Melissa Landry 6:25
I always tell clients, there’s like a difference between feeling positive and positive outlook, you can have both, you can have a negative feeling and a positive outlook. And that’s really what intuitive eating I think can offer people right? Like, I feel full or maybe past the point of comfortable full. And I can I can help myself through that I can work through that discomfort, I can empower myself to experiment and learn and grow. And so I think sometimes people are like, just be positive, because they worry that the outlooks gonna go away if we lose the positive feeling. That’s not necessarily true.
Mimi Cole 6:59
Yeah, I think it gives us some sort of sense of control, when we’re able to say, well, it’s positive, it’s good. It’s all right. And then when those bad or like those negative emotions come up, I hate to say bad, then we’re kind of wondering like, what did I do wrong? Like, where’s my sense of control over this, and you tend to feel powerless?
Melissa Landry 7:19
Yeah, this is a really important it is, I think, a core skill of intuitive eating or a food freedom process. It’s something that you can practice in parallel to some of the more explicit skills and intuitive eating, I think the coping with kindness principle, does a nice job touching on this. But for many people, intuitive eating is almost like an entry point that they’ve been bringing what they find into therapy spaces. So there’s this nice intersection between the work.
Mimi Cole 7:47
Melissa Landry 7:49
So our next question is about the difference between feeling anxious, which is a normal, typical emotion on that feelings wheel versus an anxiety disorder. So first, I want to get clear on what might be the difference between like a feeling of anxiousness and a disorder, and then we can talk about how that impacts food.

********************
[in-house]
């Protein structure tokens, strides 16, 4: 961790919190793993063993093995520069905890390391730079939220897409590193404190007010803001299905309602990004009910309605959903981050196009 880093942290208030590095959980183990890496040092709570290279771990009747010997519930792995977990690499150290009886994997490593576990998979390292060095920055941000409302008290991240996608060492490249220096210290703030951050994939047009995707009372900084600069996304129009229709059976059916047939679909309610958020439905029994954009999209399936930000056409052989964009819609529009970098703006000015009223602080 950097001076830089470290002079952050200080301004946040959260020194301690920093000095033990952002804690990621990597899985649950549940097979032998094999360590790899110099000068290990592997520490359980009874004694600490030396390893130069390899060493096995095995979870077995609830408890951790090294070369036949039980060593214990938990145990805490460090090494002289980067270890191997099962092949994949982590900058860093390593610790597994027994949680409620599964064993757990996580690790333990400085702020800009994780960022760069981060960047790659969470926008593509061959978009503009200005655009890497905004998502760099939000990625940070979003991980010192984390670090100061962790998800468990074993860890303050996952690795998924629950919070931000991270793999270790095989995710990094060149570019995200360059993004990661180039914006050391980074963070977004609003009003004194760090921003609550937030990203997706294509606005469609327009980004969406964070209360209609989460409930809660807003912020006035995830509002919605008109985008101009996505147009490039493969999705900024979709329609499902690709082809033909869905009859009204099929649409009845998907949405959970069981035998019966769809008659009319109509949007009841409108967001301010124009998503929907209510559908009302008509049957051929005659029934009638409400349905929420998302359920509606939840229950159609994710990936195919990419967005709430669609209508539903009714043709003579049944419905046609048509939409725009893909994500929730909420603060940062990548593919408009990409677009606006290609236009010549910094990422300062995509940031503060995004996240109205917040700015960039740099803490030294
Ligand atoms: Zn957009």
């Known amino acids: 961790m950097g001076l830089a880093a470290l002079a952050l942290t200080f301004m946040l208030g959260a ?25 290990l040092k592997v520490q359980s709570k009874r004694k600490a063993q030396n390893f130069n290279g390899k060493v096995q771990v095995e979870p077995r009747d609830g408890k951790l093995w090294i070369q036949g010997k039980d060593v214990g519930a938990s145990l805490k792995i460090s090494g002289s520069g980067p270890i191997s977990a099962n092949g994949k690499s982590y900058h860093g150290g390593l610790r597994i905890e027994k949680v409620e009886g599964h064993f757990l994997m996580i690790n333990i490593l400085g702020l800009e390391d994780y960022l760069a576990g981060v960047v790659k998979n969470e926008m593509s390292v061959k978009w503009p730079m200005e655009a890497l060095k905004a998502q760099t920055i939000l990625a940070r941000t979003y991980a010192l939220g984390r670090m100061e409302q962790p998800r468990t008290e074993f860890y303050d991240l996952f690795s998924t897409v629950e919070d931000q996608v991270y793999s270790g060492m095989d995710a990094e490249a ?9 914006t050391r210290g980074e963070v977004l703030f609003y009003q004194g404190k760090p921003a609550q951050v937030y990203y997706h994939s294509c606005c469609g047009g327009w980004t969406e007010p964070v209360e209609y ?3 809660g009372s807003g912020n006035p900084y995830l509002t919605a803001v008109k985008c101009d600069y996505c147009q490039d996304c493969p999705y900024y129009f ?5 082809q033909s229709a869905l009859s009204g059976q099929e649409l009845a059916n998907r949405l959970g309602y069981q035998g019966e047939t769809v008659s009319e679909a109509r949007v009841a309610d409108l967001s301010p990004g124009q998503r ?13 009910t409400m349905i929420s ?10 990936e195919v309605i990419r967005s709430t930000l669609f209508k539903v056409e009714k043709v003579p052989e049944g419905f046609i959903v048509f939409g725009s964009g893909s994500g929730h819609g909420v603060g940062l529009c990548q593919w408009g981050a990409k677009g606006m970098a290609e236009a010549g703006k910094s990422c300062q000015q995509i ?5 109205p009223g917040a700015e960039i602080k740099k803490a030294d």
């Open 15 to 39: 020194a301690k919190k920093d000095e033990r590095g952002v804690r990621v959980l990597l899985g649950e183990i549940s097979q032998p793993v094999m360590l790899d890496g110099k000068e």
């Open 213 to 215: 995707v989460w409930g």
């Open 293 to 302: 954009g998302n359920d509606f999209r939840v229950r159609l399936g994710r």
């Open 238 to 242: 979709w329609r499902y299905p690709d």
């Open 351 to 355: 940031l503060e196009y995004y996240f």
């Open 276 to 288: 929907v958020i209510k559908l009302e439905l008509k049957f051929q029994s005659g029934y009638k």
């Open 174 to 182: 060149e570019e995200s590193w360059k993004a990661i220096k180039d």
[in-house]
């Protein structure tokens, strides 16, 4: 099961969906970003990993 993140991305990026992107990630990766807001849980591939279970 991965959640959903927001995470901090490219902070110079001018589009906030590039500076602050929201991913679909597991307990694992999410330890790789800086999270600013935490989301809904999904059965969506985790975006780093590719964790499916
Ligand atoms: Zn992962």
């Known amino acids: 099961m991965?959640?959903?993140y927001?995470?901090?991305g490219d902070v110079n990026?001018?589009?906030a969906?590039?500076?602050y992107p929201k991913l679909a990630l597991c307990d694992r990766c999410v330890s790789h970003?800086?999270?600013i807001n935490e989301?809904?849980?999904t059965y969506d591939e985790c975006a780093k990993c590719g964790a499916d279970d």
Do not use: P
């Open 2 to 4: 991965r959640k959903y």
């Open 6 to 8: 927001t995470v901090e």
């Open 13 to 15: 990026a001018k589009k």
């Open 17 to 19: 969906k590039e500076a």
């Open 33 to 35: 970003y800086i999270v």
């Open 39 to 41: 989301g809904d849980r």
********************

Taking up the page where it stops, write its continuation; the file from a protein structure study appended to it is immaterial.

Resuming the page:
Mimi Cole 8:09
Yeah, so I like to say like D stands for disorder whenever we’re talking about OCD, or we’re talking about eds. And it’s really important because in the Diagnostic Statistical Manual of mental illnesses, that’s what we use to diagnose mental illness. And so there’s different criteria that are set forth for different disorders. Now, this is a very flawed measure. And so it’s not necessarily indicative of people who are undiagnosed, or people who experience symptoms, and maybe just don’t meet criteria. But for anxiety disorders, for example, there’s criteria like, worries most of the time, or it, it really takes over your life, and impairs daily functioning. And so it’s a lot about how much it interrupts your, your functioning level. So feeling anxious is so normal, like before a test or before a seeing a new client or something like that. That’s really a helpful feeling. Honestly, even though it doesn’t always feel good. Having a little bit of anxiety can help us to prepare and to make sure we know what we’re getting ourselves into. And then it disorder is when it becomes kind of pathological. And it starts to work against us
Melissa Landry 9:23
instead of for us. Yeah. It’s so subjective. And I think that’s why the criteria, you know, they certainly are helpful for research studies. They’re helpful for clinicians to do paperwork and all these other things. But there’s a lot of talk, you know, particularly for eating disorders, like there’s a whole bunch of folks that don’t meet criteria that have problematic experiences on and off through their lives without a without a space or a home to explore them. So I love your attention to asterik. This is the definition but
Dalina Soto 9:53